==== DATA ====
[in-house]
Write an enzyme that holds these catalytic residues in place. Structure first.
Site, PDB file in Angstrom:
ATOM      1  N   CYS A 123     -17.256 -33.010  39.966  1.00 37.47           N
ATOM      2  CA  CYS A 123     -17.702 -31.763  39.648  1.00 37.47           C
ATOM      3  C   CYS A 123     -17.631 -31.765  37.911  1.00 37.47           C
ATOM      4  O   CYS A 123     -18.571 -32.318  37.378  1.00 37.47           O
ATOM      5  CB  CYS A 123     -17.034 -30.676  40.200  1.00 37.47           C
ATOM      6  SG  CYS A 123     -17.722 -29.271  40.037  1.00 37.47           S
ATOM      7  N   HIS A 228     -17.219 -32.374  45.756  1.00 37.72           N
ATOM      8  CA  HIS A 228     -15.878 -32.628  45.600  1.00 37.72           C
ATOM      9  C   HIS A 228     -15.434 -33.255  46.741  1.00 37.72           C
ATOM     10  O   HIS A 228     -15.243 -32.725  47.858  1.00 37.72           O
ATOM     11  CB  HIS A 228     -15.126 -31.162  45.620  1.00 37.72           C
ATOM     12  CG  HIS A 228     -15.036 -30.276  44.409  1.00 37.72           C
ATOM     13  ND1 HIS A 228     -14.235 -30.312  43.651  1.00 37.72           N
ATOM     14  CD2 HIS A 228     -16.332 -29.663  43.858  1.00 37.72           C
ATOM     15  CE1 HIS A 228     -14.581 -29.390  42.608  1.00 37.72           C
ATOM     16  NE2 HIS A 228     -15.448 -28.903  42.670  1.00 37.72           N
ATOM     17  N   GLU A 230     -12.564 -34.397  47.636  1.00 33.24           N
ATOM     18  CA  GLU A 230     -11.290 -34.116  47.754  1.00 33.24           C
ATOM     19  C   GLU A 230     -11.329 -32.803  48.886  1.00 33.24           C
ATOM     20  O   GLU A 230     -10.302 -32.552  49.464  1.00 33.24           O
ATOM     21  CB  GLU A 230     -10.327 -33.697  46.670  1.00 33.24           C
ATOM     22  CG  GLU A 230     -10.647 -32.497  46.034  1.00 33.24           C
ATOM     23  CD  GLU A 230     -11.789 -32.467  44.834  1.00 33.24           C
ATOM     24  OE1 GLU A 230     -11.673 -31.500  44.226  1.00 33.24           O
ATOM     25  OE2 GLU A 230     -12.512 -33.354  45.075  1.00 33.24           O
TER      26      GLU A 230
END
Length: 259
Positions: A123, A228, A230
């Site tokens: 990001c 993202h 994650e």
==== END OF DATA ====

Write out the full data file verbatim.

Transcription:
[in-house]
Write an enzyme that holds these catalytic residues in place. Structure first.
Site, PDB file in Angstrom:
ATOM      1  N   CYS A 123     -17.256 -33.010  39.966  1.00 37.47           N
ATOM      2  CA  CYS A 123     -17.702 -31.763  39.648  1.00 37.47           C
ATOM      3  C   CYS A 123     -17.631 -31.765  37.911  1.00 37.47           C
ATOM      4  O   CYS A 123     -18.571 -32.318  37.378  1.00 37.47           O
ATOM      5  CB  CYS A 123     -17.034 -30.676  40.200  1.00 37.47           C
ATOM      6  SG  CYS A 123     -17.722 -29.271  40.037  1.00 37.47           S
ATOM      7  N   HIS A 228     -17.219 -32.374  45.756  1.00 37.72           N
ATOM      8  CA  HIS A 228     -15.878 -32.628  45.600  1.00 37.72           C
ATOM      9  C   HIS A 228     -15.434 -33.255  46.741  1.00 37.72           C
ATOM     10  O   HIS A 228     -15.243 -32.725  47.858  1.00 37.72           O
ATOM     11  CB  HIS A 228     -15.126 -31.162  45.620  1.00 37.72           C
ATOM     12  CG  HIS A 228     -15.036 -30.276  44.409  1.00 37.72           C
ATOM     13  ND1 HIS A 228     -14.235 -30.312  43.651  1.00 37.72           N
ATOM     14  CD2 HIS A 228     -16.332 -29.663  43.858  1.00 37.72           C
ATOM     15  CE1 HIS A 228     -14.581 -29.390  42.608  1.00 37.72           C
ATOM     16  NE2 HIS A 228     -15.448 -28.903  42.670  1.00 37.72           N
ATOM     17  N   GLU A 230     -12.564 -34.397  47.636  1.00 33.24           N
ATOM     18  CA  GLU A 230     -11.290 -34.116  47.754  1.00 33.24           C
ATOM     19  C   GLU A 230     -11.329 -32.803  48.886  1.00 33.24           C
ATOM     20  O   GLU A 230     -10.302 -32.552  49.464  1.00 33.24           O
ATOM     21  CB  GLU A 230     -10.327 -33.697  46.670  1.00 33.24           C
ATOM     22  CG  GLU A 230     -10.647 -32.497  46.034  1.00 33.24           C
ATOM     23  CD  GLU A 230     -11.789 -32.467  44.834  1.00 33.24           C
ATOM     24  OE1 GLU A 230     -11.673 -31.500  44.226  1.00 33.24           O
ATOM     25  OE2 GLU A 230     -12.512 -33.354  45.075  1.00 33.24           O
TER      26      GLU A 230
END
Length: 259
Positions: A123, A228, A230
């Site tokens: 990001c 993202h 994650e």